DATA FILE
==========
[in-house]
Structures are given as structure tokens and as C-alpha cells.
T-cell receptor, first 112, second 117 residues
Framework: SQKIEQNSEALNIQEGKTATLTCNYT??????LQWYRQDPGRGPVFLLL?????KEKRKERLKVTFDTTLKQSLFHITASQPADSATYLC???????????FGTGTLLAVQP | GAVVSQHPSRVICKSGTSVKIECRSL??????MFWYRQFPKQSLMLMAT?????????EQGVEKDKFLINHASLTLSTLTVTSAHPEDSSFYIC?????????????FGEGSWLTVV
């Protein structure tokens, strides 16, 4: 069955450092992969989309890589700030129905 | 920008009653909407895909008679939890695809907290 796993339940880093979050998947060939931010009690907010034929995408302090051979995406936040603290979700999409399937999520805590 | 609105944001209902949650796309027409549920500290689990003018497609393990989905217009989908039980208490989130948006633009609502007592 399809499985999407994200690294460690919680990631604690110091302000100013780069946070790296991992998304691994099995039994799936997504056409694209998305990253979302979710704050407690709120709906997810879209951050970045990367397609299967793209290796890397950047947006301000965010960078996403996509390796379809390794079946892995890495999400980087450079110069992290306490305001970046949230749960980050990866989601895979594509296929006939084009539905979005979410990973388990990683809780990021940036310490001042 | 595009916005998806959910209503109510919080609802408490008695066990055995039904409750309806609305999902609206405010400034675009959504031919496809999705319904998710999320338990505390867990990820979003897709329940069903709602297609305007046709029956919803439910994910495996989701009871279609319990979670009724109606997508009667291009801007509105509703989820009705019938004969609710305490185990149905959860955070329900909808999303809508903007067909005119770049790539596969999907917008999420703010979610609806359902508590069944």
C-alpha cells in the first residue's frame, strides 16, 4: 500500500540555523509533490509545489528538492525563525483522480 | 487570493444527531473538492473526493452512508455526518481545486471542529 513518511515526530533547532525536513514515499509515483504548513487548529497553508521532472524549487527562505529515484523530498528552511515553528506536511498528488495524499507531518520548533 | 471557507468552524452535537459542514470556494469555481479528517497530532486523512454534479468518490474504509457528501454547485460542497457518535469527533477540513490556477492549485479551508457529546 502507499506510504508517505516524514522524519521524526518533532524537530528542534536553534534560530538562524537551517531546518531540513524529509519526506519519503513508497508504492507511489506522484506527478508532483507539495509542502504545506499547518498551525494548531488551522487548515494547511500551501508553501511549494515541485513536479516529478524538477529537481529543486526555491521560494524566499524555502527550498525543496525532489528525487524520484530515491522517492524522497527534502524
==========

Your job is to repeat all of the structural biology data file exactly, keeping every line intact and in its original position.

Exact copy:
[in-house]
Structures are given as structure tokens and as C-alpha cells.
T-cell receptor, first 112, second 117 residues
Framework: SQKIEQNSEALNIQEGKTATLTCNYT??????LQWYRQDPGRGPVFLLL?????KEKRKERLKVTFDTTLKQSLFHITASQPADSATYLC???????????FGTGTLLAVQP | GAVVSQHPSRVICKSGTSVKIECRSL??????MFWYRQFPKQSLMLMAT?????????EQGVEKDKFLINHASLTLSTLTVTSAHPEDSSFYIC?????????????FGEGSWLTVV
């Protein structure tokens, strides 16, 4: 069955450092992969989309890589700030129905 | 920008009653909407895909008679939890695809907290 796993339940880093979050998947060939931010009690907010034929995408302090051979995406936040603290979700999409399937999520805590 | 609105944001209902949650796309027409549920500290689990003018497609393990989905217009989908039980208490989130948006633009609502007592 399809499985999407994200690294460690919680990631604690110091302000100013780069946070790296991992998304691994099995039994799936997504056409694209998305990253979302979710704050407690709120709906997810879209951050970045990367397609299967793209290796890397950047947006301000965010960078996403996509390796379809390794079946892995890495999400980087450079110069992290306490305001970046949230749960980050990866989601895979594509296929006939084009539905979005979410990973388990990683809780990021940036310490001042 | 595009916005998806959910209503109510919080609802408490008695066990055995039904409750309806609305999902609206405010400034675009959504031919496809999705319904998710999320338990505390867990990820979003897709329940069903709602297609305007046709029956919803439910994910495996989701009871279609319990979670009724109606997508009667291009801007509105509703989820009705019938004969609710305490185990149905959860955070329900909808999303809508903007067909005119770049790539596969999907917008999420703010979610609806359902508590069944």
C-alpha cells in the first residue's frame, strides 16, 4: 500500500540555523509533490509545489528538492525563525483522480 | 487570493444527531473538492473526493452512508455526518481545486471542529 513518511515526530533547532525536513514515499509515483504548513487548529497553508521532472524549487527562505529515484523530498528552511515553528506536511498528488495524499507531518520548533 | 471557507468552524452535537459542514470556494469555481479528517497530532486523512454534479468518490474504509457528501454547485460542497457518535469527533477540513490556477492549485479551508457529546 502507499506510504508517505516524514522524519521524526518533532524537530528542534536553534534560530538562524537551517531546518531540513524529509519526506519519503513508497508504492507511489506522484506527478508532483507539495509542502504545506499547518498551525494548531488551522487548515494547511500551501508553501511549494515541485513536479516529478524538477529537481529543486526555491521560494524566499524555502527550498525543496525532489528525487524520484530515491522517492524522497527534502524